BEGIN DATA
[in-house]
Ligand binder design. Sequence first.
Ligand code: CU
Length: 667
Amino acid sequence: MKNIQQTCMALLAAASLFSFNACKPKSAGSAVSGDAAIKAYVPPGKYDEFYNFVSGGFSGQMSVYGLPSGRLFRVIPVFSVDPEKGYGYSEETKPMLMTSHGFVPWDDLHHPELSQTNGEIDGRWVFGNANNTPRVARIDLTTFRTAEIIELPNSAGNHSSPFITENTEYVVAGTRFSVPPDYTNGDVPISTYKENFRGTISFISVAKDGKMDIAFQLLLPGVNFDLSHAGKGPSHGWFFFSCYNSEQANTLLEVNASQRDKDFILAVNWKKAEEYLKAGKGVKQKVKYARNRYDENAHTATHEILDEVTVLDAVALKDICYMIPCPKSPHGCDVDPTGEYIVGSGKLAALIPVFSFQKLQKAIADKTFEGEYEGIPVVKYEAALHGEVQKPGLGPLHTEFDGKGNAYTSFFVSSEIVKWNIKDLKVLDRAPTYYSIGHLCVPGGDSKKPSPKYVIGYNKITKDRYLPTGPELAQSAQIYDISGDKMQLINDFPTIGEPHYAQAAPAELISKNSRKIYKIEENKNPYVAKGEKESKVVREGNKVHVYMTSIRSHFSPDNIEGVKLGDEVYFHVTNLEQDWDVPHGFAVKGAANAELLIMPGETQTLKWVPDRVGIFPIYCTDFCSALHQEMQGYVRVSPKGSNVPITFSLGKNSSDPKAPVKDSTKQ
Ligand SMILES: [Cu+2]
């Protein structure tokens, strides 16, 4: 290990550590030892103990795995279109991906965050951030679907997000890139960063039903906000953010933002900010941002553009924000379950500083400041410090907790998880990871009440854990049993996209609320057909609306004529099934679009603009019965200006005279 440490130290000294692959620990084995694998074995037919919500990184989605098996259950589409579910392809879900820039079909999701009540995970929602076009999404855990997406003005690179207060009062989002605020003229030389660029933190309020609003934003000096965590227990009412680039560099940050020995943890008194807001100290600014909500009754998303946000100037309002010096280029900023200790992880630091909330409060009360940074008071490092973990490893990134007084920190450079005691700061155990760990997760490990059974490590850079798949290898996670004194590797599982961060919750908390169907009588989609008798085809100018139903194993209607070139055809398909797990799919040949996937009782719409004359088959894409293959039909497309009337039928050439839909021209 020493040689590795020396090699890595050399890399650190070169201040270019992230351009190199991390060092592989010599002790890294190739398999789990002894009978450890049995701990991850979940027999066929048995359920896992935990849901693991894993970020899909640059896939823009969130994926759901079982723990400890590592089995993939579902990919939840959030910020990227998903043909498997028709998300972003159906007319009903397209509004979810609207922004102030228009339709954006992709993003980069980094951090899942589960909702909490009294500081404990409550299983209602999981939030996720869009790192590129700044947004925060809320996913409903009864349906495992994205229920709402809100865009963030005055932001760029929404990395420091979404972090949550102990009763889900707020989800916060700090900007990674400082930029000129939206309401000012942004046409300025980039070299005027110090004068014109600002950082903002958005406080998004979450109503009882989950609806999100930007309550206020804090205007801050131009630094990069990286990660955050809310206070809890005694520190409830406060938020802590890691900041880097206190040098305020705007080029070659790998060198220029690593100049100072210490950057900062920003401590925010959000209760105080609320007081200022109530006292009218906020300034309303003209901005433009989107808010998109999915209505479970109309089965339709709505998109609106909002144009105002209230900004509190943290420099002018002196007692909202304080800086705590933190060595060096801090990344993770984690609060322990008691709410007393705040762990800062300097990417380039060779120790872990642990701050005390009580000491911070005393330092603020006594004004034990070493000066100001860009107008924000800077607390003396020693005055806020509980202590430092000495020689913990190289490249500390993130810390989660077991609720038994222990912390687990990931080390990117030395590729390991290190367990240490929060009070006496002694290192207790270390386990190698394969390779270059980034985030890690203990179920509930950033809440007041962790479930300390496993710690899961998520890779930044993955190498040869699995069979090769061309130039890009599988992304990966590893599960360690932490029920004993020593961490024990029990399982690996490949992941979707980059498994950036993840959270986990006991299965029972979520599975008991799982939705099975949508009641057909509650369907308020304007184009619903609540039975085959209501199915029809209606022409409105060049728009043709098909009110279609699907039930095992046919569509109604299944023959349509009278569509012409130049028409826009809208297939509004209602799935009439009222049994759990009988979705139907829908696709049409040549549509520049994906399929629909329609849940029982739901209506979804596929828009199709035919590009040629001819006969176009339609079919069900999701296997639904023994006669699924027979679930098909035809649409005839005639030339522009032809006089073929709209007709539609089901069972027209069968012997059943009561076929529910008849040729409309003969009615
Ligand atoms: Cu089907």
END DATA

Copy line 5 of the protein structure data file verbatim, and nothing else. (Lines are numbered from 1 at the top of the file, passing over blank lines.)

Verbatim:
Amino acid sequence: MKNIQQTCMALLAAASLFSFNACKPKSAGSAVSGDAAIKAYVPPGKYDEFYNFVSGGFSGQMSVYGLPSGRLFRVIPVFSVDPEKGYGYSEETKPMLMTSHGFVPWDDLHHPELSQTNGEIDGRWVFGNANNTPRVARIDLTTFRTAEIIELPNSAGNHSSPFITENTEYVVAGTRFSVPPDYTNGDVPISTYKENFRGTISFISVAKDGKMDIAFQLLLPGVNFDLSHAGKGPSHGWFFFSCYNSEQANTLLEVNASQRDKDFILAVNWKKAEEYLKAGKGVKQKVKYARNRYDENAHTATHEILDEVTVLDAVALKDICYMIPCPKSPHGCDVDPTGEYIVGSGKLAALIPVFSFQKLQKAIADKTFEGEYEGIPVVKYEAALHGEVQKPGLGPLHTEFDGKGNAYTSFFVSSEIVKWNIKDLKVLDRAPTYYSIGHLCVPGGDSKKPSPKYVIGYNKITKDRYLPTGPELAQSAQIYDISGDKMQLINDFPTIGEPHYAQAAPAELISKNSRKIYKIEENKNPYVAKGEKESKVVREGNKVHVYMTSIRSHFSPDNIEGVKLGDEVYFHVTNLEQDWDVPHGFAVKGAANAELLIMPGETQTLKWVPDRVGIFPIYCTDFCSALHQEMQGYVRVSPKGSNVPITFSLGKNSSDPKAPVKDSTKQ